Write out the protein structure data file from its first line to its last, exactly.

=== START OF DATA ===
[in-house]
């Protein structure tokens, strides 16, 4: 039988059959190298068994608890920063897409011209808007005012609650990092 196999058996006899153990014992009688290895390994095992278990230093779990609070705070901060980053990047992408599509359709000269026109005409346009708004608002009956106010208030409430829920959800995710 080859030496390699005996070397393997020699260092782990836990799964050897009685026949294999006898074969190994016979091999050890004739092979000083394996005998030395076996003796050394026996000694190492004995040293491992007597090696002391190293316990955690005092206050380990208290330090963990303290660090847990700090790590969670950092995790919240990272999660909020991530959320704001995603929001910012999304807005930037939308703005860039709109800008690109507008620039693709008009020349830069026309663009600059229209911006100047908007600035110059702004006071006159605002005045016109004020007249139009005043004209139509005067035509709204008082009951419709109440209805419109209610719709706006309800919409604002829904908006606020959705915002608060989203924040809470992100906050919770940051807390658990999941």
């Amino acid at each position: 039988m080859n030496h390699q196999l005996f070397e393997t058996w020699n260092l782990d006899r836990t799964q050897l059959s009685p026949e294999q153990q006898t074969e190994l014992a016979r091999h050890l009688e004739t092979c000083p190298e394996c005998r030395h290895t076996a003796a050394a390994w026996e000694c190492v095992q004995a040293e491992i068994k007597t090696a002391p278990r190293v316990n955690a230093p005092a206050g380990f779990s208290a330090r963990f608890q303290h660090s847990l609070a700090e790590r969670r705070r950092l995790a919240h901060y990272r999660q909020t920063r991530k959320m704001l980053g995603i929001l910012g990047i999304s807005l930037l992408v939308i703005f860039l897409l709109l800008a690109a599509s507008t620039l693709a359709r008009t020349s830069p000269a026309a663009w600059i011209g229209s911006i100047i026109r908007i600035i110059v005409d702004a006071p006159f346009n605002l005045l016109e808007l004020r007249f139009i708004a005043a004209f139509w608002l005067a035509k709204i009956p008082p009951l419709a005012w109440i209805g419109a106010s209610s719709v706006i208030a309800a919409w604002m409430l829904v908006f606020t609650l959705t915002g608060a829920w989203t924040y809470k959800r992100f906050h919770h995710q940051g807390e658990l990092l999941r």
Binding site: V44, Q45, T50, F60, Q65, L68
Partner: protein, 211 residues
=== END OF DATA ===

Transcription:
[in-house]
């Protein structure tokens, strides 16, 4: 039988059959190298068994608890920063897409011209808007005012609650990092 196999058996006899153990014992009688290895390994095992278990230093779990609070705070901060980053990047992408599509359709000269026109005409346009708004608002009956106010208030409430829920959800995710 080859030496390699005996070397393997020699260092782990836990799964050897009685026949294999006898074969190994016979091999050890004739092979000083394996005998030395076996003796050394026996000694190492004995040293491992007597090696002391190293316990955690005092206050380990208290330090963990303290660090847990700090790590969670950092995790919240990272999660909020991530959320704001995603929001910012999304807005930037939308703005860039709109800008690109507008620039693709008009020349830069026309663009600059229209911006100047908007600035110059702004006071006159605002005045016109004020007249139009005043004209139509005067035509709204008082009951419709109440209805419109209610719709706006309800919409604002829904908006606020959705915002608060989203924040809470992100906050919770940051807390658990999941």
């Amino acid at each position: 039988m080859n030496h390699q196999l005996f070397e393997t058996w020699n260092l782990d006899r836990t799964q050897l059959s009685p026949e294999q153990q006898t074969e190994l014992a016979r091999h050890l009688e004739t092979c000083p190298e394996c005998r030395h290895t076996a003796a050394a390994w026996e000694c190492v095992q004995a040293e491992i068994k007597t090696a002391p278990r190293v316990n955690a230093p005092a206050g380990f779990s208290a330090r963990f608890q303290h660090s847990l609070a700090e790590r969670r705070r950092l995790a919240h901060y990272r999660q909020t920063r991530k959320m704001l980053g995603i929001l910012g990047i999304s807005l930037l992408v939308i703005f860039l897409l709109l800008a690109a599509s507008t620039l693709a359709r008009t020349s830069p000269a026309a663009w600059i011209g229209s911006i100047i026109r908007i600035i110059v005409d702004a006071p006159f346009n605002l005045l016109e808007l004020r007249f139009i708004a005043a004209f139509w608002l005067a035509k709204i009956p008082p009951l419709a005012w109440i209805g419109a106010s209610s719709v706006i208030a309800a919409w604002m409430l829904v908006f606020t609650l959705t915002g608060a829920w989203t924040y809470k959800r992100f906050h919770h995710q940051g807390e658990l990092l999941r």
Binding site: V44, Q45, T50, F60, Q65, L68
Partner: protein, 211 residues